In July of 2002, veteran retailer Robert P. Hermanns was named president and chief executive officer of AG, succeeding interim CEO Robert Hoyt.
In Southern California, the big news of 2003 was a strike by retail clerks against three large chain store companies, which resulted in a four-month lockout of employees by the employers. Unified and independent retailers were the primary beneficiaries when chain store customers refused to cross picket lines and decided to shop elsewhere. The result was a windfall in sales for Unified’s customers.
In 2004, Unified was named the recipient of the Annual Technology Excellence Award from the editors of Supermarket News for being on the cutting edge of technology in the grocery industry. The company also significantly increased its perishables sales throughout the year, continued to reduced its outstanding debt ($105 million since 2002) and launched a new companywide initiative, “Growth in Sales and Profits” (GSP). Also in 2004, Al Plamann celebrated his tenth year as president and CEO of the company.
Unified continued its forward progress in 2005 with a number of major projects taking center stage. Flow-through distribution, a strategy that enables the company to distribute products that do not physically reside in a Unified warehouse to member retailers, was introduced at various Unified facilities. Also, the company began shipping private label products to Mexico as part of its “Brands Without Borders” initiative, rebranded the specialty products division “Market Centre,”
initiated a major expansion of the Stockton Distribution Center, and introduced a new annual award for progressive independent retailers, the “Ben Schwartz Retail Grocery Visionary Award,” named after long-time Unified member and former Chairman of the Board Ben Schwartz.
In October, 2005, John Runyan was named president, CEO and vice chairman at the Seattle cooperative, re-
placing Bob Hermanns who departed abruptly after two years at the helm.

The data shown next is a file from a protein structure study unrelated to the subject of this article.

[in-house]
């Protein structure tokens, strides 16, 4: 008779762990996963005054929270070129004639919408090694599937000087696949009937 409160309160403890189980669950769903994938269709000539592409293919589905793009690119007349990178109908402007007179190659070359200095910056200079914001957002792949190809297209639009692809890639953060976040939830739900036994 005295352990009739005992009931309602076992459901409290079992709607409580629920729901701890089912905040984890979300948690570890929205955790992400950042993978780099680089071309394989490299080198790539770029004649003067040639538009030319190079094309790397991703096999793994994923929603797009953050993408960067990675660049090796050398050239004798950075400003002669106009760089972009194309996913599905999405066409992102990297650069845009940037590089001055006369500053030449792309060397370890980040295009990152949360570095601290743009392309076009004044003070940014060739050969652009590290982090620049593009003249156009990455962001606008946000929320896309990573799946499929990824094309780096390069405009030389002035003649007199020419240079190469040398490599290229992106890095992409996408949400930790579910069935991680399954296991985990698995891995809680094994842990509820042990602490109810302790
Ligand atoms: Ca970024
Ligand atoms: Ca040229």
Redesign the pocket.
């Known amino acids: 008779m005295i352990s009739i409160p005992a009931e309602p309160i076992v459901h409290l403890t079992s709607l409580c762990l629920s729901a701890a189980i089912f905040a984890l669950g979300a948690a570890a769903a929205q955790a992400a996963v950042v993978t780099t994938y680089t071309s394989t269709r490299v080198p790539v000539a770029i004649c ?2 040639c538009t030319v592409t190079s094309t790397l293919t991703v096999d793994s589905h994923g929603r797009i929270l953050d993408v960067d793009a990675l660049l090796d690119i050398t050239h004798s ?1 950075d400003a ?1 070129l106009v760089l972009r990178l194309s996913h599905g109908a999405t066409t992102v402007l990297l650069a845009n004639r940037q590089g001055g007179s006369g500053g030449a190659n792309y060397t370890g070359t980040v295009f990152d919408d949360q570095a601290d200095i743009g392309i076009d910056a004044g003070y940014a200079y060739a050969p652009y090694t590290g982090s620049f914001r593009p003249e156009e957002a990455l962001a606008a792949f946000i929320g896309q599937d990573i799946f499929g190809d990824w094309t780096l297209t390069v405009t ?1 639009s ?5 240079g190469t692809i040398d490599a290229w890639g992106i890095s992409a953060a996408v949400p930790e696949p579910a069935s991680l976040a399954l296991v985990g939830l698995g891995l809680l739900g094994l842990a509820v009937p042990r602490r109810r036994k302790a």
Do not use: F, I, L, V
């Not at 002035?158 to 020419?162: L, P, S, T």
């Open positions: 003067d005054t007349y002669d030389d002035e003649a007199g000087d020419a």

After evaluating strengths and weaknesses during his first 90 days on the job, Runyan developed 21 initiatives to right the company. “We’ve instituted a num- ber of changes that on an annualized basis will allow us to see the light at the end of the tunnel,” Runyan said. “We’ve been nicely profitable in the last four months and the Board is very pleased with the direction.”
As part of Runyan’s 21-point plan, AG sold its 55.27-acre headquarters to Seattle developer Dave Sabey for $91 million in February, 2006. The transaction enabled AG to continue to lease its headquarters from Sabey for up to four years, during which time AG would locate and/or build new facilities for the company.
The sale of AG’s property served as the precursor to a May 3, 2007 announce- ment in which it was revealed that Associated Grocers had signed a preliminary which was completed in only a few weeks and without a hitch, served as a ha binger of the integration process to come quick, cooperative and generally free of errors or issues.
n addition to continuing integration and transition projects, Unified was buzzing with other projects in 2008. The company launched “Natural Directions,” a line of natural and organic products sold exclusively to independent retailers, was approved to become a supplier of products and a licenser of retail stores for the Independent Grocers Alliance (IGA), and completed the expansion of the Stockton warehouse. Later in the year, the company was named “Outstanding Wholesaler of the Year” by Progressive Grocer magazine.